elevated to become the first woman to be Speaker of the House. That it took into the 21st century for these two "representational milestones" to happen in an allegedly "liberal state" like Minnesota and the
allegedgly "greatest democracy on Earth" should give us pause in-between celebrations.
I've worked with Keith Ellison since 1990, who, as a lawyer and commuity activist, challenged police brutality. He represents my Congressional district in Minneapolis. Even before the U.S. invasion of Iraq, he opposed it--and continues to in no uncertain terms. Those of us who've witnessed his work as a state legislator are not surprised by his unflinching ability to take a stand to (quoting film-maker Spike Lee) "do the right thing". Ellison has stood in as much solidarity with the gay and lesbian community, opposing the theocrats and homophobes who aim to exclude GLBT people from Constitutional protection, just as he's stood up for his own community. That's meant also going against conservative Christians in the Black community--as well as those who are "offended" by the GLBT community drawing on the legacies of the Civil Rights Movement in their
struggle--as well as, some Muslims. But, Ellison knows which direction his compass points: ALL are included in his vision of what American justice is supposed to be.
As for Pelosi, my understanding is that she's a mainstream Democratic Party liberal, well-known for her fundraising abilities (although perhaps not as adroit when it comes to gathering cash as that other
woman in politics, referred to only by her first name). I'd like to be excited by Pelosi's milestone but, many female firsts in the last two Administrations have been crushing disapointments.
Madeline Albright, Clinton's Secretary of State: all I remember of her is the infamous comment that "yes--we think the price is worth it" --referring to 500,000 or more Iraqi children dead under the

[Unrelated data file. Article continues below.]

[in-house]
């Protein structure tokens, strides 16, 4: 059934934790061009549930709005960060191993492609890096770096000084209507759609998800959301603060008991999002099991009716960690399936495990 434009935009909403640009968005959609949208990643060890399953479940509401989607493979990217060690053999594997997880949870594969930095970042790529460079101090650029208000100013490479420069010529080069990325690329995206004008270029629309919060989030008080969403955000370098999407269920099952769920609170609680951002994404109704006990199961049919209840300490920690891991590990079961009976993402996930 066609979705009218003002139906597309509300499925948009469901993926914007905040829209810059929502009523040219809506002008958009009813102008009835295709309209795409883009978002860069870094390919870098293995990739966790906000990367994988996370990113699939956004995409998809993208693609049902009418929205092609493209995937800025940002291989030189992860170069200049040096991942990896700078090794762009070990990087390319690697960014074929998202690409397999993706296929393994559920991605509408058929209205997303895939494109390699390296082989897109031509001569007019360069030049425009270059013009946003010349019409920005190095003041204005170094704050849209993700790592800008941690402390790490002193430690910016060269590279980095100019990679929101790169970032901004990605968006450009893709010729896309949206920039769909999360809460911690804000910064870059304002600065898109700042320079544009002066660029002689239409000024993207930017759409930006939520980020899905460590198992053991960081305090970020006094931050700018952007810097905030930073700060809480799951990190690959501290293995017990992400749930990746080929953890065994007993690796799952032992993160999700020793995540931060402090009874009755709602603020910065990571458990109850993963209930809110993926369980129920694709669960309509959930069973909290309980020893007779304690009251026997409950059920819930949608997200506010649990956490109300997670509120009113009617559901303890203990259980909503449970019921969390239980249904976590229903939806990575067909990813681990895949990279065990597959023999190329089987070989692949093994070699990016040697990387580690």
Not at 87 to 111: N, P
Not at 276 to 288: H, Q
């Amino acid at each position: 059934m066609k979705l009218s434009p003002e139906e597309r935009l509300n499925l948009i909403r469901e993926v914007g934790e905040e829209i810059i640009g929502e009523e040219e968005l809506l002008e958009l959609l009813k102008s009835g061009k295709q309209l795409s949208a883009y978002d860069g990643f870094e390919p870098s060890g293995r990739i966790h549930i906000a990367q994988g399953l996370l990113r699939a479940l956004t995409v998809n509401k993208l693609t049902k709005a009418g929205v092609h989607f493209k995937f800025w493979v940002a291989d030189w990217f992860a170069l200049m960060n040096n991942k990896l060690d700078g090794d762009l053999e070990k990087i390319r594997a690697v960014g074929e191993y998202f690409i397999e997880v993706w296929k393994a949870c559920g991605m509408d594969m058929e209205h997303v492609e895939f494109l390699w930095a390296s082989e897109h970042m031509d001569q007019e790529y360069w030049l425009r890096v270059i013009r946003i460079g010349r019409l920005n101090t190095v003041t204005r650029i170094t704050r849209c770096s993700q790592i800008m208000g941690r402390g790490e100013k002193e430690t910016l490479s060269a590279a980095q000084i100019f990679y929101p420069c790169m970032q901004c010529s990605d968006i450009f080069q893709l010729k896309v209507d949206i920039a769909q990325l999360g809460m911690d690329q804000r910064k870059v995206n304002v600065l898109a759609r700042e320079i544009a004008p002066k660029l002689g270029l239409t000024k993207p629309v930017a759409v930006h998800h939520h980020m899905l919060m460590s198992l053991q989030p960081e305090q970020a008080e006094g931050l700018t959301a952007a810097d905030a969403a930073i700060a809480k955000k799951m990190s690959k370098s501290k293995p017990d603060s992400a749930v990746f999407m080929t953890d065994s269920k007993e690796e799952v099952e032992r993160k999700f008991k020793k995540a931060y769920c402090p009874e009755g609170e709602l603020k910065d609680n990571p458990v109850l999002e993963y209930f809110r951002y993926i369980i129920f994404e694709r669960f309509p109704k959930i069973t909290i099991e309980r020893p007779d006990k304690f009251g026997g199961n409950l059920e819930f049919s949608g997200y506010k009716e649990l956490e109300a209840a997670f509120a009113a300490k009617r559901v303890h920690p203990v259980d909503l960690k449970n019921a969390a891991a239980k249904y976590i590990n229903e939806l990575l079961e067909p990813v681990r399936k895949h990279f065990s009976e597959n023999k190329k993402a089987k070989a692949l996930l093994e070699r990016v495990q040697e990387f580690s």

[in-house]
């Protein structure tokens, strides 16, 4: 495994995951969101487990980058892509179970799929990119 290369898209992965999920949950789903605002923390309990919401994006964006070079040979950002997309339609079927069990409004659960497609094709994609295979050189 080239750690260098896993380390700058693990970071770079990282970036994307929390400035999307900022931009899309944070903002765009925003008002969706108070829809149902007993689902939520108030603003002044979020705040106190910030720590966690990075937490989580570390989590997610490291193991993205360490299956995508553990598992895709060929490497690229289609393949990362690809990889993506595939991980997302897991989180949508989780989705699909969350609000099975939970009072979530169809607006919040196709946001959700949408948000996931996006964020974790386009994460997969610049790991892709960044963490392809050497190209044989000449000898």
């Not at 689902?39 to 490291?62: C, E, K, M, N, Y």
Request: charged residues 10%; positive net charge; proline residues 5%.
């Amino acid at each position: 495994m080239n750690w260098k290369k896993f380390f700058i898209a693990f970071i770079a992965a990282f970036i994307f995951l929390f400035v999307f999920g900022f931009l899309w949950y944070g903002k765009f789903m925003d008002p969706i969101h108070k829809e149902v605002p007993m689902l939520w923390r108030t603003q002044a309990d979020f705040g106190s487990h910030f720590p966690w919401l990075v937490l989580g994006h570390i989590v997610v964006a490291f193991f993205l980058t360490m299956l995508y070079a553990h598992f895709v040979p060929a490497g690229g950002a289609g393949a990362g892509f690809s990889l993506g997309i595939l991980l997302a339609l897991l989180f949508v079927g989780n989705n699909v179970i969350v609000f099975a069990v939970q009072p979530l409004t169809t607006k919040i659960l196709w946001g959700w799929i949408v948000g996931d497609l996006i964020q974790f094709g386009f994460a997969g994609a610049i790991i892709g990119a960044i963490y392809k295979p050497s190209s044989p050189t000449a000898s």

punishing sanctions regime carried through the Clinton presidency. Christine Todd Whitman, Bush's Secretary of the Interior: a kind of James Watt
Lite,that is, a softer version of Reagan's appointee to the same position. Whitman did not protect our environment from Corporations--but, rather presented it to them for even more exploitation at pennies on the dollar of 'leasing fees". So much has been written about Condi Rice, it's redundant to recount her infinite shilling for Bush's "war on terrorism" by any means necessary.
It's as if the only women allowed to rise to positions of authority must replicate the worst traits of 'masculine virtues' like "toughness',
"ruthless realism", an unwillingness to listen to others labled as 'enemies', a kind of expediency that sacrifices civillian lives or wilderness, to further Corporate dominace.
Pelosi's willingness to "take impeachment off the table" reminds me of Gerald Ford's pardon of Richard Nixon, a one month after the man villafied as "Tricky Dick" was driven from office. Ford was wrong then;
Pelosi is wrong now.
As for the war on Iraq, Pelosi proclaiims she wants to bring the troops home--while also declaring that the ONLY power Congress has to do that--cut the funding for the occupation--is NOT an option. Neither
postion is a good start as Speaker. Raising the minimun-wage (impacting about 5% of the workforce) doesn't come close to countering Pelosi's retreat on Iraq and impeachment.
Keith Ellison, on the other hand, has not minced words about Iraq or anything eles since his election to Congress. Rightwing talk show hosts slandered Ellison's loyalty by demonizing his Muslim faith. Rep. Virgil Goode (R-VA) attacked Ellison's desire to take his oath of office on the Koran. Keith Ellison responded with a mighty clarity, not only about who
he is--but, drawing on what America claims to be about: the Constitution.
On CNN, Ellison simply and elegantly declared that "the sacred text that binds all Americans--and that we should all be concerned about--is the
Constitution." If only the current resident of the White House and the lawyers in the Justice Department (busy writing memos to justify torture and the unraveling of the Bill of Rights) shared Ellison's committment to the best of what America has aspired to in our national documents.
In a gesture of understated brilliance, Keith Ellison went to the rare books collection of the Library of Congress and has requested to use a copy of the Koran which was in the personal library of Thomas Jefferson. For those who don't remember, it was Jefferson who wrote the First Amendment (and its predecessor in Virginia state law), protecting
everyone's right to freedom of religion and banning all religious tests for public office.
I wonder if our new Congressman from Minnesota might sit down with our new Speaker of the House and remfresh her understaninding about the Constitution--such as why The Founders put impeachment into our Constitution. Sometimes it's
absolutely crucial to hold a president to that level of accountability.
The new Congressman from Minnesota is the real thing, but, I fear our first female Speaker might be one more fake.